The survey contained 4 demographic items: primary health care profession, years of work experience in the primary health profession, gender, and frequency of reading journals related to the athletic training profession (5-point Likert scale: 1 = never, 5 = a great deal). To increase the likelihood of response and promote anonymity, the task force decided not to ask additional demographic questions. We used 5 items to determine the level of agreement (4-point Likert scale: 1 = strongly disagree, 4 = strongly agree) with the initial research priorities (Table 2). One item (rank order) was used to determine research priorities, whereby the participants ranked the priorities in order of most to least important (with the option to not select a priority). We invited participants to share their priorities in an open-ended item if they felt the research priorities did not represent their thoughts. We used 7 items (matrices and single select) to determine the level of agreement (4-point Likert scale: 1 = strongly disagree, 4 = strongly agree) with the research initiatives that might benefit the athletic training profession. One item (matrix) asked participants to rate their level of agreement (4-point Likert scale: 1 = strongly disagree, 4 = strongly agree) as to whether specific health care initiatives were among their highest-priority clinical care concerns. Four items (matrices and single select) were used to determine the level of agreement (4-point Likert scale: 1 = strongly disagree, 4 = strongly agree) regarding barriers to research and research collaborations in the athletic training profession. We used 1 item (matrix) to determine the level of agreement (4-point Likert scale: 1 = strongly disagree, 4 = strongly agree) that ATs had sufficient evidence to support return-to-play, life, and work decisions. An additional open-ended item was available for participants to share any further thoughts on the research priorities. The instrument consisted of 25 total items.
We prepared a content analysis rubric that was reviewed by a panel of content experts. The rubric allowed each expert to indicate whether each item in the survey needed revision or was sufficient as written. When an item needed revision, we asked the panelist to provide suggestions for revision. We combined the feedback from the experts and then refined the tool to reflect their recommendations. Major changes were made to the survey based on their feedback.
We then conducted a pilot study of the tool with recruits who volunteered for the focus groups but were not selected. Their responses (n = 24/52, response rate = 46.2%, completion rate = 100%) indicated that the survey had strong internal consistency (instrument reliability), both for the specific proposed research agenda areas (Cronbach α = 0.839) and the instrument as a whole (Cronbach α = 0.790).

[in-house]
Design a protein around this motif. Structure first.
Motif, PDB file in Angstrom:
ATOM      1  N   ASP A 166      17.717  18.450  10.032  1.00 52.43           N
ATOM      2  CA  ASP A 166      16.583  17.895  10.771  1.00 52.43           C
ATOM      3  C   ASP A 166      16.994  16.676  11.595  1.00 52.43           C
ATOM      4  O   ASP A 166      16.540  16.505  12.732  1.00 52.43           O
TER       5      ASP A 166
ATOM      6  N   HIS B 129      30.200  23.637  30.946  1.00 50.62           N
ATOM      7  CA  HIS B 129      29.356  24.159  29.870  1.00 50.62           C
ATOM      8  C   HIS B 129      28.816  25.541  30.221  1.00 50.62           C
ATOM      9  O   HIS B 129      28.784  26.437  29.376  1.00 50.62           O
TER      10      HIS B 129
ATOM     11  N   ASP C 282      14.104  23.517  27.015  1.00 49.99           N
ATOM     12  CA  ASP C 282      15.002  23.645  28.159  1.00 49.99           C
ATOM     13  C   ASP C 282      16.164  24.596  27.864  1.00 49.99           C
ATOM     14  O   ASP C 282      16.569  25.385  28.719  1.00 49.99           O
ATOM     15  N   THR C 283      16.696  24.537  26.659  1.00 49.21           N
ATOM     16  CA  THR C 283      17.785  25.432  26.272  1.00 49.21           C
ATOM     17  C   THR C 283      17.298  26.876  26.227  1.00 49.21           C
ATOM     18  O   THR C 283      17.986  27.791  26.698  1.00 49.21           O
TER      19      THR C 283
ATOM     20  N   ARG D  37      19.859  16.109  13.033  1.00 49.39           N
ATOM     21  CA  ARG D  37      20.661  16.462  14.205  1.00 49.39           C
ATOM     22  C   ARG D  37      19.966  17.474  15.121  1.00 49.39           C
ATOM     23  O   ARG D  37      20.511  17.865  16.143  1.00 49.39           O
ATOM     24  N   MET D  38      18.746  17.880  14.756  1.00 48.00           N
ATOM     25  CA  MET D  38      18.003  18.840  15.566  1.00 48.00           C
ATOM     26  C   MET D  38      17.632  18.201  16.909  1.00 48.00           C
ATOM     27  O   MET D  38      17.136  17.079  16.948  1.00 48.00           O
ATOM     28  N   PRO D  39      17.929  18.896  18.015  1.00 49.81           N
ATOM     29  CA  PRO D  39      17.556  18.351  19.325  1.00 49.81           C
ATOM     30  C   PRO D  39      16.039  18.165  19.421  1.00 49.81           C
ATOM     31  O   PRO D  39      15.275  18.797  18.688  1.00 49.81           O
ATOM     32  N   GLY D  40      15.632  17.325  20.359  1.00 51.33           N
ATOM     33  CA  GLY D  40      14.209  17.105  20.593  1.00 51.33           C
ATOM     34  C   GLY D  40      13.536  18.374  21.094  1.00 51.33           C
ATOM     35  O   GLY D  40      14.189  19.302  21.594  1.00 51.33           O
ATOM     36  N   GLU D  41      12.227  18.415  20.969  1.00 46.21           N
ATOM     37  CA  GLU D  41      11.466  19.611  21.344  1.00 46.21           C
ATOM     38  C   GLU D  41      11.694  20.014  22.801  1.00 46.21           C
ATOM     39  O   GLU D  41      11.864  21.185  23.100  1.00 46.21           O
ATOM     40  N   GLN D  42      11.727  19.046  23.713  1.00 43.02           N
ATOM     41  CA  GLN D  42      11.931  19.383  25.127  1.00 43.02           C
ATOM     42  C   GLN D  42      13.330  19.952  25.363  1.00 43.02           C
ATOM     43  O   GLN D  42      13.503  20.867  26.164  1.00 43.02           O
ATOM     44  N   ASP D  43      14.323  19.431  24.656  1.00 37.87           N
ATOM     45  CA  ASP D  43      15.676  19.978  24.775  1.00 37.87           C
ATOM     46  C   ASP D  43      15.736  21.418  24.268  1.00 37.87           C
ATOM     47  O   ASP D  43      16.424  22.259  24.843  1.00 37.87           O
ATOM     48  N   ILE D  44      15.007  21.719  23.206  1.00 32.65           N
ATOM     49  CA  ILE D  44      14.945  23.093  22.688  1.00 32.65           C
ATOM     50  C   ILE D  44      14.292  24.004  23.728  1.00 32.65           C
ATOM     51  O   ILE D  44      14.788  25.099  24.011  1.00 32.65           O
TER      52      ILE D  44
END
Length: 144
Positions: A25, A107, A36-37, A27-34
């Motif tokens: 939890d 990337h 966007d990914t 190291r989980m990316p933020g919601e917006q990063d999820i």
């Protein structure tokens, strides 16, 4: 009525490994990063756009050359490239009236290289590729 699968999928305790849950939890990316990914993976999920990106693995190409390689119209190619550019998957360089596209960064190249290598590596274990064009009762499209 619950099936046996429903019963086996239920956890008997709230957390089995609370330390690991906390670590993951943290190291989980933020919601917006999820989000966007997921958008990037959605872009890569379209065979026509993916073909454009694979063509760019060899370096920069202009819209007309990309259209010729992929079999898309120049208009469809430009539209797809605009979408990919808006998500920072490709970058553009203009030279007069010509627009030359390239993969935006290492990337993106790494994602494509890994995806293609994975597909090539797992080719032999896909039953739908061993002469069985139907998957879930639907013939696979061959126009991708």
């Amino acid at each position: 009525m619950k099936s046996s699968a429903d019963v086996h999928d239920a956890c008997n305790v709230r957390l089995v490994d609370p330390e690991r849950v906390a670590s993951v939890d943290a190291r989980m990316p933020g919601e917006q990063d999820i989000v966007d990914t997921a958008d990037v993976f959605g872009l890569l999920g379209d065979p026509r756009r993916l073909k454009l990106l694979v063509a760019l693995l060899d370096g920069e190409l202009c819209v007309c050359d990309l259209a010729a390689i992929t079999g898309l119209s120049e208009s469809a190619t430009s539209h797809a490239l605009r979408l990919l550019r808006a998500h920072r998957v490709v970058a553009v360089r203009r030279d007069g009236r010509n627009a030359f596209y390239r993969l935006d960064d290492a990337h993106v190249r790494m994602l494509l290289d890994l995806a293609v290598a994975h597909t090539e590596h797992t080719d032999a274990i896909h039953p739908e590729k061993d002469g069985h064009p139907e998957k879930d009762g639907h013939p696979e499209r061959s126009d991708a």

We sent an initial e-mail on Tuesday, January 30, 2017, at 12:00 pm EST to potential participants and, on subsequent Tuesdays between 10:00 am and 12:00 pm EST, sent 5 weekly reminders to those who had not yet responded. Data collection remained open for 6 weeks, from January 30 to March 16, 2017. The survey took approximately 10 minutes to complete, and all data were stored in Qualtrics (Provo, UT).
We used statistics of central tendency, specifically frequency counts, and percentages to indicate the strength of agreement with each item. Percentages were calculated based on the number of respondents who provided a specific response out of the total number of responses for each item. Endorsement was achieved when respondents indicated that they agreed or strongly agreed with an item. Participants were informed that they could choose not to answer any item or discontinue responding at their discretion.
More than 87% (n = 3811/4404) of respondents agreed or strongly agreed with the 5 proposed research agenda priorities. The research priorities were ranked from most important to least important (n = number of respondents who ranked the priority first): health care competence (n = 2129), vitality of the profession (n = 892), health professions education (n = 477), health care economics (n = 358), and health information technology (n = 85). The level of agreement by research agenda area is illustrated in Table 3.
Most respondents agreed or strongly agreed that clinically meaningful research would benefit the profession. Specifically, they agreed or strongly agreed that the profession would benefit from collaborative research between researchers and clinicians (97.5%), clinicians who engage in clinical research (94.3%), and researchers who produce clinically relevant data (97.4%; Table 4). When asked to elaborate on clinically meaningful research designs, most respondents strongly agreed or agreed that longitudinal research designs (86.1%), point-of-care research (97.7%), context-specific (90.9%), and population-specific studies would benefit the profession (91.4%; Table 5).
The majority of ATs strongly agreed or agreed that clinical prediction rules (86.9%) and diagnostic algorithms relevant to physically active patients (82.2%) would benefit the profession (Table 6). In addition, most ATs strongly agreed or agreed that sufficient evidence was currently lacking to support clinical care decisions related to reducing the risks of musculoskeletal injuries (86.9%), selecting and applying therapeutic interventions and exercises (86.7%), behavioral health management (90.2%), and group injury-prevention programs (86.2%; Table 7). When respondents were asked whether sufficient evidence existed to support return-to-play, return-to-life, or return-to-work decisions, the majority strongly agreed or agreed that evidence existed to support these decisions (Table 8).